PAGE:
The Queen Elizabeth Hospital (QEH) is likely to be hit by industrial action sometime this week.
The issue sparking the action is the non-payment of hazard allowances for some of the over 100 orderlies at the island’s sole public hospital who say “enough is enough”.
“Even though we are accepted as a main artery in Barbados’ main health care facility, the orderlies for too long are being treated with scant respect by many members of staff, the latest blow being non-payment of hazard pay even though many others have already received theirs,” the spokesman for the group, Clyde Rawlins, told Barbados TODAY on Tuesday afternoon.
“After meeting with sections of departmental and administrative management, the matter still remains unresolved, prompting the orderlies to consider various forms of industrial action.”
Although saying the action will happen this week, Rawlins did not identify which day it would be.
The orderlies’ spokesman claimed that they have not been getting the assistance they need from either the Barbados Workers’ Union (BWU) or the National Union of Public Workers (NUPW) which represent staff at the QEH.
“Since no supportive measures from the two larger unions have been forthcoming, many are turning to the only one to show interest, namely the Unity Workers Union (UWU) of Senator Caswell Franklyn,” Rawlins declared.
The orderlies are demanding that the hazard pay be backdated to March last year when the first cases of COVID-19 were diagnosed in Barbados.
Rawlins contended that he and his colleagues, especially those who work in the main operating theatre and have to transport suspected and confirmed COVID-19 patients around the hospital, deserve the hazard allowance.
He shared a QEH document with Barbados TODAY, entitled Payment of Hazard Allowance to prove that all orderlies who interact with COVID-19 patients of any category are eligible to receive the pay.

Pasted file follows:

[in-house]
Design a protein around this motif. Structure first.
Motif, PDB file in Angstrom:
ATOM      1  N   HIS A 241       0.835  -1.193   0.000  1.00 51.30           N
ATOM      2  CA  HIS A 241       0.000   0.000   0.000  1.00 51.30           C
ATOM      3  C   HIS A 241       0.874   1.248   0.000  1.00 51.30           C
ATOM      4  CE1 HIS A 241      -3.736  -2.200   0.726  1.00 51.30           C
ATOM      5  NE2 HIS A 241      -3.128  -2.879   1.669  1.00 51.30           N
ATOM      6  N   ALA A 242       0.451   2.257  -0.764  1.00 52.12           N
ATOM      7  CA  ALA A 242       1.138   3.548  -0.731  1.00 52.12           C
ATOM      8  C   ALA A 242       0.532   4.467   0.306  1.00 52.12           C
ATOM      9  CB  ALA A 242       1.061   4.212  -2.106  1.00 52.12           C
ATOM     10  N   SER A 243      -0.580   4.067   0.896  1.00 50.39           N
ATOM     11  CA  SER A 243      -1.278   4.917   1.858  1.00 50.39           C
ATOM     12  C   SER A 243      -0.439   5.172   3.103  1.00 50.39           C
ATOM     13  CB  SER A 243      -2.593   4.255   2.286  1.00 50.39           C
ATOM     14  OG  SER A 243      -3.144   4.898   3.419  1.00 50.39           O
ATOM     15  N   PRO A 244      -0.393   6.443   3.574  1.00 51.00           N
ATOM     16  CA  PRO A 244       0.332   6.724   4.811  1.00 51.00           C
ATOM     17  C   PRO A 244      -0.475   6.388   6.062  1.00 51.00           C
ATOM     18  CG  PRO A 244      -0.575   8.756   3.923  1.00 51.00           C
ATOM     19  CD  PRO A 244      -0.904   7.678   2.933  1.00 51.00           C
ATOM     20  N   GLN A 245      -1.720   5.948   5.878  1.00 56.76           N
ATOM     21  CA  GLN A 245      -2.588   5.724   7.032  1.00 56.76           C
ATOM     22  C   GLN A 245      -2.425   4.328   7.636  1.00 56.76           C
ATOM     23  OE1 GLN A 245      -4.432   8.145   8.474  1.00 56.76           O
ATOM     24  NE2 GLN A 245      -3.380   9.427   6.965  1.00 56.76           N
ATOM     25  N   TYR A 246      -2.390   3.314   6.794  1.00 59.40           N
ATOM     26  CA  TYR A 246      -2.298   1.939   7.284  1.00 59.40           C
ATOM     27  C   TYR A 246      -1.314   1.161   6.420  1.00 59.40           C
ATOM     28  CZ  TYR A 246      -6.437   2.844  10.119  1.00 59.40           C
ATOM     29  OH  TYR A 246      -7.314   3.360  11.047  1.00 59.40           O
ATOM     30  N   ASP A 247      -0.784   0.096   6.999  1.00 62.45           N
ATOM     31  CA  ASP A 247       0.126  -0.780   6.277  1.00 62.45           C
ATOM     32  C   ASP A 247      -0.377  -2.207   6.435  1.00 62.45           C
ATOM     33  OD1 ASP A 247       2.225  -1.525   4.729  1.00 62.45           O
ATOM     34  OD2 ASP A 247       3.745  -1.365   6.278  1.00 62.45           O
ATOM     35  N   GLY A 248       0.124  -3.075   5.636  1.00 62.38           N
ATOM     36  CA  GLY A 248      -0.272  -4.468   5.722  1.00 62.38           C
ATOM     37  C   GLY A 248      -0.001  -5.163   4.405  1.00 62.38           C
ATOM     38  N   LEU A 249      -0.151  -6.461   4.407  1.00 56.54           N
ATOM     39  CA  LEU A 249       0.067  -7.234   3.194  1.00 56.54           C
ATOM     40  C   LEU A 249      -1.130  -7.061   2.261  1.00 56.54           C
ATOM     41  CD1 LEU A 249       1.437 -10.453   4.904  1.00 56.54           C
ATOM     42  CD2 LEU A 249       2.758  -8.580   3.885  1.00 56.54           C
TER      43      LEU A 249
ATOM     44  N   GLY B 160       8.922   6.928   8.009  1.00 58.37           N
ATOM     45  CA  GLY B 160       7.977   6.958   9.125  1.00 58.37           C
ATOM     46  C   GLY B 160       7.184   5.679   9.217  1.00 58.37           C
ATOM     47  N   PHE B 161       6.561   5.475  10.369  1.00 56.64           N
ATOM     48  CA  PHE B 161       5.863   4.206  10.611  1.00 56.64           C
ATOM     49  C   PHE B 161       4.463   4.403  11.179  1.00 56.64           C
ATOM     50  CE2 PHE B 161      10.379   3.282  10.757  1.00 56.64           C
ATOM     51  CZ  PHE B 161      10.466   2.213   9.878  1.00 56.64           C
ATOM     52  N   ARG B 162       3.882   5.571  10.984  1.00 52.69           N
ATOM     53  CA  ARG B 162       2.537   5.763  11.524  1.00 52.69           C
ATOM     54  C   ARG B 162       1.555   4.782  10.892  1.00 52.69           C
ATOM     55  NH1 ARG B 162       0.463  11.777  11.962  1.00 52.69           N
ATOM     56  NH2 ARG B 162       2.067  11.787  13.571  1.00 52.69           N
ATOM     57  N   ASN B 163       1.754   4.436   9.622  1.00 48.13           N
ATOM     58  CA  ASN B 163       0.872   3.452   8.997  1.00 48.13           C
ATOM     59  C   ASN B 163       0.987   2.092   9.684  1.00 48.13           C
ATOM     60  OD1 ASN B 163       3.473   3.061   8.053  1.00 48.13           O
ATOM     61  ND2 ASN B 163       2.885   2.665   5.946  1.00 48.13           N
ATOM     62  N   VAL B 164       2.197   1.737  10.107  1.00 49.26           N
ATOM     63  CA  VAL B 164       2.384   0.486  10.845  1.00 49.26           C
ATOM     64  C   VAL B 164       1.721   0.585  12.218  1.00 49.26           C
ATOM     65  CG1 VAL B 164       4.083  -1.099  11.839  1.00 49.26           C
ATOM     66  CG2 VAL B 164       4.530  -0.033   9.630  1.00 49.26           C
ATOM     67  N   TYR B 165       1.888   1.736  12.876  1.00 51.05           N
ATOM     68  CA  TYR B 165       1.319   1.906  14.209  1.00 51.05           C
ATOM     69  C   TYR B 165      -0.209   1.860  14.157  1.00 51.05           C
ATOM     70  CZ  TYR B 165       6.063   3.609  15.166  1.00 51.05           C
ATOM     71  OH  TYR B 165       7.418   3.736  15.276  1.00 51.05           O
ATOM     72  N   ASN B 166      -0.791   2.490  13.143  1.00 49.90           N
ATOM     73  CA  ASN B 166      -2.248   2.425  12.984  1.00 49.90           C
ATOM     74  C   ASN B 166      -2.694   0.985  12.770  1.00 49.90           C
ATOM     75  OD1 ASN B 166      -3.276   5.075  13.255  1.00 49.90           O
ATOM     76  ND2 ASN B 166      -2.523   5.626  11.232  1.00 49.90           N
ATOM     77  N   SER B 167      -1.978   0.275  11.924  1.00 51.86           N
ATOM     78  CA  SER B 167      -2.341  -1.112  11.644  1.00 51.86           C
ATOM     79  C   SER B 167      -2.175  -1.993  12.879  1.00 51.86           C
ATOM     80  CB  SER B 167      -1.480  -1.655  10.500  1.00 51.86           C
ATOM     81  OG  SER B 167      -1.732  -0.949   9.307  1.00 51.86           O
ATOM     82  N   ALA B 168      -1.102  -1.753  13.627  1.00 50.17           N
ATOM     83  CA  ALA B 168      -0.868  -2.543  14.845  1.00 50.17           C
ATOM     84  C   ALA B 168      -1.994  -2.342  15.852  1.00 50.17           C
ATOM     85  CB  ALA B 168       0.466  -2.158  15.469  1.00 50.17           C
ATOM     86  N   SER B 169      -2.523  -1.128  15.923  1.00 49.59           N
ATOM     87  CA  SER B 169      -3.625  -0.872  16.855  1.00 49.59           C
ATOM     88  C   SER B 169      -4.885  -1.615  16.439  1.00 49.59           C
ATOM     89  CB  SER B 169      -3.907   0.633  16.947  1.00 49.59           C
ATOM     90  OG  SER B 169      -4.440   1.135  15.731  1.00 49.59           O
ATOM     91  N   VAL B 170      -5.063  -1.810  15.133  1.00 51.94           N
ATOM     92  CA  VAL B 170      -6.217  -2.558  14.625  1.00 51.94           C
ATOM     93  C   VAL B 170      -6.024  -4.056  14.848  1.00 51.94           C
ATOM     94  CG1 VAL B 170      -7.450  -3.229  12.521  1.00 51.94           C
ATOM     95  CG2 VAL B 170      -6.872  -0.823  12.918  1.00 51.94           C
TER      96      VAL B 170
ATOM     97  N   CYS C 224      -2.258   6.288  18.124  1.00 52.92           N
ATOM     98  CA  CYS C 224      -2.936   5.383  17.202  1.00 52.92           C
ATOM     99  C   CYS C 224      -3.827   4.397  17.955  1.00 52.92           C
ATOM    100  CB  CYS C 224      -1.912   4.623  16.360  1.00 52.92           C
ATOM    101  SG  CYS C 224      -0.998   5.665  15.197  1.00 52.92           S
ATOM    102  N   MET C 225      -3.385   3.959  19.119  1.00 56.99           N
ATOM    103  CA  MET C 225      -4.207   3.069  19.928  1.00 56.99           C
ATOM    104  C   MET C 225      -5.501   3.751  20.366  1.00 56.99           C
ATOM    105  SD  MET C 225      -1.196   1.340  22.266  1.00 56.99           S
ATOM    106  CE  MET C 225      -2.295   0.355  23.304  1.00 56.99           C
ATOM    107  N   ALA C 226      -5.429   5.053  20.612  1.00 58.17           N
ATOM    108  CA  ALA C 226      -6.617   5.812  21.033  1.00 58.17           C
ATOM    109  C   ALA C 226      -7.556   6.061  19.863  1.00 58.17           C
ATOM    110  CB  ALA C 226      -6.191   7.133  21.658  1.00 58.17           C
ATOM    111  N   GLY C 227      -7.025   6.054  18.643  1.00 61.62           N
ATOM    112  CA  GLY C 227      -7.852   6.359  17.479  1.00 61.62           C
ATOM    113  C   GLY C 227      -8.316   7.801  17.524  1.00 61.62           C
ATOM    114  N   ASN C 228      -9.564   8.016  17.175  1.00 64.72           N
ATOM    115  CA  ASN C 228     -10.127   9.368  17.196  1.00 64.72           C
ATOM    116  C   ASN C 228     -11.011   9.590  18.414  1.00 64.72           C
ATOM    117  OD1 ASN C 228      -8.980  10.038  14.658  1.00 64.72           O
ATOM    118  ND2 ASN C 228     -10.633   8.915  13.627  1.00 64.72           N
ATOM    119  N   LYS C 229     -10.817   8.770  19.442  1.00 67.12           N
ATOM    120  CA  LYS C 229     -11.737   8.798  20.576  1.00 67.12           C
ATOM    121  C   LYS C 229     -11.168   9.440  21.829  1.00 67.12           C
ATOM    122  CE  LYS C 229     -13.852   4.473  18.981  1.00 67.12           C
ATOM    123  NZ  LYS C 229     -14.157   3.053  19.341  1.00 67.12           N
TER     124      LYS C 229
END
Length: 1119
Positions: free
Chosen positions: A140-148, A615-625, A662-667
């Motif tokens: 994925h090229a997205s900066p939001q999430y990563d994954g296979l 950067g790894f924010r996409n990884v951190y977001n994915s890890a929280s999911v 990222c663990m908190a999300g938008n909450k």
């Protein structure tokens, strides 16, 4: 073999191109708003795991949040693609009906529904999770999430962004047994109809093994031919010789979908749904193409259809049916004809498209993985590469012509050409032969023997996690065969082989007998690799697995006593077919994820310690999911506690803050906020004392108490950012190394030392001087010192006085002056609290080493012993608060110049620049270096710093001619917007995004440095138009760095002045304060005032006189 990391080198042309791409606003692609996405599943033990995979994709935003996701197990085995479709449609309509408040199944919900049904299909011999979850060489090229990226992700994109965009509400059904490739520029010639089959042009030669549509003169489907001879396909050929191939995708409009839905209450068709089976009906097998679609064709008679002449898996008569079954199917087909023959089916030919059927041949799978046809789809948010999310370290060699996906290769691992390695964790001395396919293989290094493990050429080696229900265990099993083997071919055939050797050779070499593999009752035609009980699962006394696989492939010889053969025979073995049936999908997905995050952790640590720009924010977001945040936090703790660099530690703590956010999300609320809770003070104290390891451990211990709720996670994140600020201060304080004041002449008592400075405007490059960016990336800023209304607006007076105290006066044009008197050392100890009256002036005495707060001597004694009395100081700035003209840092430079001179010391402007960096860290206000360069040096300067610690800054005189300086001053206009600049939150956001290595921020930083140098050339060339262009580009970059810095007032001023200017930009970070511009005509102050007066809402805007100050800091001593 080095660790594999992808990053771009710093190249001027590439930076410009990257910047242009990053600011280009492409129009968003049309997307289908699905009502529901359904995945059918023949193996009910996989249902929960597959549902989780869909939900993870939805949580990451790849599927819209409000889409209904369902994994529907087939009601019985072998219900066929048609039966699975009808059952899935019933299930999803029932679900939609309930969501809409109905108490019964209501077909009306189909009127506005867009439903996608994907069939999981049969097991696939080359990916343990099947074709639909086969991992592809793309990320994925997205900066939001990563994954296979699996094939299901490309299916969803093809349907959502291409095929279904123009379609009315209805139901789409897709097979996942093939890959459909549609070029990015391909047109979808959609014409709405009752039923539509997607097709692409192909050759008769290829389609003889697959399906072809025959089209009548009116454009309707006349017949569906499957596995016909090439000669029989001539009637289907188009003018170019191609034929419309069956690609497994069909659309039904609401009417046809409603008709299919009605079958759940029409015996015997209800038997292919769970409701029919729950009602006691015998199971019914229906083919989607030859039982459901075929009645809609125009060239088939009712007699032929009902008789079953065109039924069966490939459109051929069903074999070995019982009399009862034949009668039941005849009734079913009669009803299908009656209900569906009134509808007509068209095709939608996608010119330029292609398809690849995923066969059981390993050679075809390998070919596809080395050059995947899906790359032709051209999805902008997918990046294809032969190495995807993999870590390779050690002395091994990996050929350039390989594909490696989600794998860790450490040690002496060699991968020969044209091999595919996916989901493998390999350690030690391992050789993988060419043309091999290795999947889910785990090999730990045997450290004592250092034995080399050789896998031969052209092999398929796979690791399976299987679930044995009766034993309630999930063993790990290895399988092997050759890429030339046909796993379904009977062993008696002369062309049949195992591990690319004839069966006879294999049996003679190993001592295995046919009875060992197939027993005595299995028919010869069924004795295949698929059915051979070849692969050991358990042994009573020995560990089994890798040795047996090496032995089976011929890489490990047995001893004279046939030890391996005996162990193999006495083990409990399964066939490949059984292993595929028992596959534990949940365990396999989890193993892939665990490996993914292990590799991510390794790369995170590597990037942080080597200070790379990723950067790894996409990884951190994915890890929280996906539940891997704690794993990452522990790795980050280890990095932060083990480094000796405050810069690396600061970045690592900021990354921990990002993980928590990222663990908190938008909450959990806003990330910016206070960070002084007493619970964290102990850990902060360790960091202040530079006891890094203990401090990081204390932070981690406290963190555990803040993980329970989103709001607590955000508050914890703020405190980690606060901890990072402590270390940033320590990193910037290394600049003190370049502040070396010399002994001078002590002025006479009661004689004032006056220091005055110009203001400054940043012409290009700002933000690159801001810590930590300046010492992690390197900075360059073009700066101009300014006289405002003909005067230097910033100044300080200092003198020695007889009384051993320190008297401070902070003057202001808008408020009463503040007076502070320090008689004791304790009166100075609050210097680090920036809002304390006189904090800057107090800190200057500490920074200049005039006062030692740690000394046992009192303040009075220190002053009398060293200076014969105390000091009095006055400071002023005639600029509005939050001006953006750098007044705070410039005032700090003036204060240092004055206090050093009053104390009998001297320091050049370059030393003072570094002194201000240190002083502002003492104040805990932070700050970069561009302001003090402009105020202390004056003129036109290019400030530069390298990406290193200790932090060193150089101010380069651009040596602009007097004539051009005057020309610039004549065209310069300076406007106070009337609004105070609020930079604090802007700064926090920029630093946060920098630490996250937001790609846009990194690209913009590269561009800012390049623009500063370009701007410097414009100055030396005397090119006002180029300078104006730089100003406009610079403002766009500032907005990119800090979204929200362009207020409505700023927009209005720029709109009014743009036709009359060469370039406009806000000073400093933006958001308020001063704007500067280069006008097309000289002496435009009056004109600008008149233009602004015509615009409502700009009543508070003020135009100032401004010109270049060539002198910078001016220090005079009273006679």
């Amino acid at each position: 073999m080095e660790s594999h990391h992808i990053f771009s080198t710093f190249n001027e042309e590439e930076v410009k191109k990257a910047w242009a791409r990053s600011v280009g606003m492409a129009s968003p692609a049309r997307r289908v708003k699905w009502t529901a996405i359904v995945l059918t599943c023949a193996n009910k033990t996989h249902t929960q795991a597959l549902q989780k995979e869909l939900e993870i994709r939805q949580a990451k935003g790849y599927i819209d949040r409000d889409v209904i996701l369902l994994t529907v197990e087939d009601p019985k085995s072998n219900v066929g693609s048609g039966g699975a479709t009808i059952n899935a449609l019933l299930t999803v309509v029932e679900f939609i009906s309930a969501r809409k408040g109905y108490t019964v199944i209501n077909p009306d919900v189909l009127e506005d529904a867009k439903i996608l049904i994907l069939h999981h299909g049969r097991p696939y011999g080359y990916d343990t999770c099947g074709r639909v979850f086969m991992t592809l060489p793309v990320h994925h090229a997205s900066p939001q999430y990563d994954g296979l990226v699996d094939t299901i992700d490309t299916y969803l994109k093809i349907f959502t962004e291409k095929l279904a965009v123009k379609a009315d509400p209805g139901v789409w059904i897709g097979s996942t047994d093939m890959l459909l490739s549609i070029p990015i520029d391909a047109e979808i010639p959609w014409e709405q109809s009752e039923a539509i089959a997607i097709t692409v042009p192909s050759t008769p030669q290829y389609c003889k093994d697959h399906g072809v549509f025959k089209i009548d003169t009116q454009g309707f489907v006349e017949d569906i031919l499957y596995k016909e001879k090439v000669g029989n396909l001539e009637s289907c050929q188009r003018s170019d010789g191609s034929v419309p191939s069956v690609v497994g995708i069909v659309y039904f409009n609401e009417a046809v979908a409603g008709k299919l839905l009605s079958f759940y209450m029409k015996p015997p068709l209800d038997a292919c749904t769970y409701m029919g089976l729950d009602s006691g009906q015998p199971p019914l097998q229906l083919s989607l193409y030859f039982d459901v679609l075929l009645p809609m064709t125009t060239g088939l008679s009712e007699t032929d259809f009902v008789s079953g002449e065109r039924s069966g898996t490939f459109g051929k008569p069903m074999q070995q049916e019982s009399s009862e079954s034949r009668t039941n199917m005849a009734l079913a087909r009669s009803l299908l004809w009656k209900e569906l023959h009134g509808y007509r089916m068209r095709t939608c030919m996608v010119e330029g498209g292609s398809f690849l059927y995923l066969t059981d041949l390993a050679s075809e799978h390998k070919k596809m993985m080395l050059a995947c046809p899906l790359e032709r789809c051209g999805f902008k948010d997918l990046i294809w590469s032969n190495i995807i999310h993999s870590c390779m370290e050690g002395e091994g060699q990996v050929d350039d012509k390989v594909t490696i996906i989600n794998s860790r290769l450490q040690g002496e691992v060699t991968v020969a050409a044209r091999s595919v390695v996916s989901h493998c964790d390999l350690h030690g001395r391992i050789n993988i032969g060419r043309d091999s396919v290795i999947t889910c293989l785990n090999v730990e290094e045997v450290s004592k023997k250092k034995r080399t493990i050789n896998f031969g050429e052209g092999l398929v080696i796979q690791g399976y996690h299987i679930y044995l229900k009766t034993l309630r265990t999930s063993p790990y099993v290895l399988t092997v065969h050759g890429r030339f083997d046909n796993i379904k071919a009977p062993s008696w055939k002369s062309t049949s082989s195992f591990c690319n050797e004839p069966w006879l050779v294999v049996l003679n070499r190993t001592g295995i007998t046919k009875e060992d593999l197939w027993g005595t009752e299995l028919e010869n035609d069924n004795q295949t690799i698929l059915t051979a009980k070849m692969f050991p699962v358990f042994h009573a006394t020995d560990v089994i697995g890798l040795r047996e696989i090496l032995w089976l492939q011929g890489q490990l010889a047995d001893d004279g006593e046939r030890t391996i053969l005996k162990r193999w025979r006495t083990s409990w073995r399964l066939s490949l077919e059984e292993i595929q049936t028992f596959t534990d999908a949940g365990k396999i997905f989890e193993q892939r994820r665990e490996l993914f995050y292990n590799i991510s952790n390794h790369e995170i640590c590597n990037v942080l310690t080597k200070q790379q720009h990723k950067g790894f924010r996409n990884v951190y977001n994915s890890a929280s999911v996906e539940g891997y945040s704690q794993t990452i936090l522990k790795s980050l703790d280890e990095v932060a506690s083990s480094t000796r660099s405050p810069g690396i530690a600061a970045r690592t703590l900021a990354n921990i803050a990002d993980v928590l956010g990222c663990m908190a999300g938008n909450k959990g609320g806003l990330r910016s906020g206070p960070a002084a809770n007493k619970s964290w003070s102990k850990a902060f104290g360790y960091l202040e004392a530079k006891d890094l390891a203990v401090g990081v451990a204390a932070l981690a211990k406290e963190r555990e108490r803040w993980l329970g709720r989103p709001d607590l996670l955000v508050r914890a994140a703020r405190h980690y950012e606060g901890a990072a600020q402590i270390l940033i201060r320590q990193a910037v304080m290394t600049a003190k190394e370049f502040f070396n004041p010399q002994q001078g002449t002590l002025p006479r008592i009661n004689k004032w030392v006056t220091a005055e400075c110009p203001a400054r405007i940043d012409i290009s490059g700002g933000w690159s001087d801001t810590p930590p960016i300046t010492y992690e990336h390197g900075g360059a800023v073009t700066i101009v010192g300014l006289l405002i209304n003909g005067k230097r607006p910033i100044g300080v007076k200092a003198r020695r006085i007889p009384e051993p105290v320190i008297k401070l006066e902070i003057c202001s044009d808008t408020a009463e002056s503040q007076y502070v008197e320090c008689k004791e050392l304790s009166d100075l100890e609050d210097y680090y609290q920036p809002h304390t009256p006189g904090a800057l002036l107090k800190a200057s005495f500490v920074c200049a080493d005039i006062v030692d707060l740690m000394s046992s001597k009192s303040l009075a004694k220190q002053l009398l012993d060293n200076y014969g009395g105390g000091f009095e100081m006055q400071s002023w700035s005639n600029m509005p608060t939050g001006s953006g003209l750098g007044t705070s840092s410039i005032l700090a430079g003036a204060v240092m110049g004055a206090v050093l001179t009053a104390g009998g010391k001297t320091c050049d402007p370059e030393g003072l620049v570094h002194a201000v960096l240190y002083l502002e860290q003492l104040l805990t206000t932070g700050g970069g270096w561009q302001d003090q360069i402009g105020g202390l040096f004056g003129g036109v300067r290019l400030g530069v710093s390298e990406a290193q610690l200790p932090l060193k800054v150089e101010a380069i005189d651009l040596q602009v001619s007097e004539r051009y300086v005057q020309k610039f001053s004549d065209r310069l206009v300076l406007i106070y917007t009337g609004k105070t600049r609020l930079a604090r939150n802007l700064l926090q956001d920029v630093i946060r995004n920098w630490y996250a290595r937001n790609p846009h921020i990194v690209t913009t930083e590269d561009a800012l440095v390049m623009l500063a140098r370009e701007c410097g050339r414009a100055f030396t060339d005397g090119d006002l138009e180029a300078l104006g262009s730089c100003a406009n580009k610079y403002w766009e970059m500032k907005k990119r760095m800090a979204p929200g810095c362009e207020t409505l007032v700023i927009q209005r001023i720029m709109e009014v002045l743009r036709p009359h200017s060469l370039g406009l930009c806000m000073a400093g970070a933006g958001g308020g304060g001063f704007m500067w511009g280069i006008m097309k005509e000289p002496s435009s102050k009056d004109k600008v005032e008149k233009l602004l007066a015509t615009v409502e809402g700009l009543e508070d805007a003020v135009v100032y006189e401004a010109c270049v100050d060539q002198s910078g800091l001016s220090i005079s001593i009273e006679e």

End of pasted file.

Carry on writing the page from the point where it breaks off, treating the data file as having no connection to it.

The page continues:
“Payment of a hazard allowance is granted to any category of staff, who is engaged permanently, temporarily, on a contractual basis or as a relief worker who provides care directly related to COVID-19,” the two-and-a-half-page document stated in its introduction.
At Section 2 (2.1), under eligibility for the payment of hazard allowance, it further states: “Employees authorized to work in the following directorates: medical services, nursing services, support services and engineering services whose duties create exposure to, but not limited to, disease-infected places which pose occupational risks or dangers to life, can be designated by the head of department/executive director to receive payment of hazard allowance.”
The QEH also recognizes that employees must be compensated for their willingness to take on duties that place workers in potentially dangerous situations, according to Section (1.1) of the document.
It also stated that workers were eligible for hazard pay if they were in direct contact with the environment where a confirmed COVID-19 patient was cared for, such as the bed, linens, medical equipment or bathroom.
Staff who transport and/or cleaned up after COVID-19 positive patients and suspected cases which later turned out to be positive also qualify for the allowance.
When Barbados TODAY contacted the QEH’s Executive Chairman Juliette Bynoe-Sutherland, she said orderlies at Harrison’s Point, QEH and all the isolation centres where they were serving COVID-19 patients had been paid the allowance.
“Not all are entitled, as all did not work with COVID like the orderlies in the isolation centres and AED [Accident and Emergency Department]. I am not sure if there may be individual-level grievances, and each request is dealt with on a case by case basis,” she pointed out.
“It would be grossly incorrect to say that orderlies as a group have not been paid. Remember, the hazard pay is a temporary bonus or token of appreciation for working with the COVID risk. It is not an entitlement or part of [a] salary. We have a set budget to be spread across all categories of staff, including doctors and nurses. We have paid out significant amounts to date to orderlies in the isolation centres, AED and QEH.”
Bynoe-Sutherland added that she was not aware of any planned industrial action, and she had spoken with the shop steward for the NUPW who also indicated he was unaware of the plan.
“He indicated that a segment of the orderlies in the QEH operating theatres are making a case for hazard pay, but those discussions are ongoing at the department level with Ms Andrea Lashley and Louise Bobb, and discussions have not broken down. NUPW is more than capable of working this matter through,” she told Barbados TODAY.
The hospital executive chairman expressed concern about strike action being taken “when there is a clear protocol for raising individual or group concerns before taking strike action”.
“Ms Bobb, our Chief Operations Officer, is very accessible to resolve these matters at the operational level,” Bynoe-Sutherland said. ([email protected])